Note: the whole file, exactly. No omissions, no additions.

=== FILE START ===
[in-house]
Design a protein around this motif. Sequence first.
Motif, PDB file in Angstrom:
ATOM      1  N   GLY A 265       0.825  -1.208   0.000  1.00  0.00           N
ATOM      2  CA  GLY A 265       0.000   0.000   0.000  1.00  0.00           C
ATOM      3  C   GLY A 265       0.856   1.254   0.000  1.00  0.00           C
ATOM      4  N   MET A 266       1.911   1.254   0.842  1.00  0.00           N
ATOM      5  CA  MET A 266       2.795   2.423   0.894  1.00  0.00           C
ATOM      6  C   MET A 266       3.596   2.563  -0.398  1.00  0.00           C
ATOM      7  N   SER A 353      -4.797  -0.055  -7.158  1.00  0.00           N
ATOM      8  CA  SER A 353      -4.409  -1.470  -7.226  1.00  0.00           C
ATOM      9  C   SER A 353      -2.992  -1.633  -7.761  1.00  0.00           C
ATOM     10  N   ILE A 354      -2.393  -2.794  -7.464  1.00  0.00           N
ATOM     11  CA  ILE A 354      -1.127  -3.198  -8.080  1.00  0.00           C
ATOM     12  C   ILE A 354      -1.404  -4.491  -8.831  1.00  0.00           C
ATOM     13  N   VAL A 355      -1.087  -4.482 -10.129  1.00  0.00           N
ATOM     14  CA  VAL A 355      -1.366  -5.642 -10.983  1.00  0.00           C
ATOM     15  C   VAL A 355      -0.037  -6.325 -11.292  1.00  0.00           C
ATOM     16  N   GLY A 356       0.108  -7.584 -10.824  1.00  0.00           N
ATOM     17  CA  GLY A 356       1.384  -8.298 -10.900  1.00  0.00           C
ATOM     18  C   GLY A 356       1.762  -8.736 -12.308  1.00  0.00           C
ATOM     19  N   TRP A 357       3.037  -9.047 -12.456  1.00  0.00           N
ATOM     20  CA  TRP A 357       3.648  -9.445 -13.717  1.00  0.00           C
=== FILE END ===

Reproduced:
[in-house]
Design a protein around this motif. Sequence first.
Motif, PDB file in Angstrom:
ATOM      1  N   GLY A 265       0.825  -1.208   0.000  1.00  0.00           N
ATOM      2  CA  GLY A 265       0.000   0.000   0.000  1.00  0.00           C
ATOM      3  C   GLY A 265       0.856   1.254   0.000  1.00  0.00           C
ATOM      4  N   MET A 266       1.911   1.254   0.842  1.00  0.00           N
ATOM      5  CA  MET A 266       2.795   2.423   0.894  1.00  0.00           C
ATOM      6  C   MET A 266       3.596   2.563  -0.398  1.00  0.00           C
ATOM      7  N   SER A 353      -4.797  -0.055  -7.158  1.00  0.00           N
ATOM      8  CA  SER A 353      -4.409  -1.470  -7.226  1.00  0.00           C
ATOM      9  C   SER A 353      -2.992  -1.633  -7.761  1.00  0.00           C
ATOM     10  N   ILE A 354      -2.393  -2.794  -7.464  1.00  0.00           N
ATOM     11  CA  ILE A 354      -1.127  -3.198  -8.080  1.00  0.00           C
ATOM     12  C   ILE A 354      -1.404  -4.491  -8.831  1.00  0.00           C
ATOM     13  N   VAL A 355      -1.087  -4.482 -10.129  1.00  0.00           N
ATOM     14  CA  VAL A 355      -1.366  -5.642 -10.983  1.00  0.00           C
ATOM     15  C   VAL A 355      -0.037  -6.325 -11.292  1.00  0.00           C
ATOM     16  N   GLY A 356       0.108  -7.584 -10.824  1.00  0.00           N
ATOM     17  CA  GLY A 356       1.384  -8.298 -10.900  1.00  0.00           C
ATOM     18  C   GLY A 356       1.762  -8.736 -12.308  1.00  0.00           C
ATOM     19  N   TRP A 357       3.037  -9.047 -12.456  1.00  0.00           N
ATOM     20  CA  TRP A 357       3.648  -9.445 -13.717  1.00  0.00           C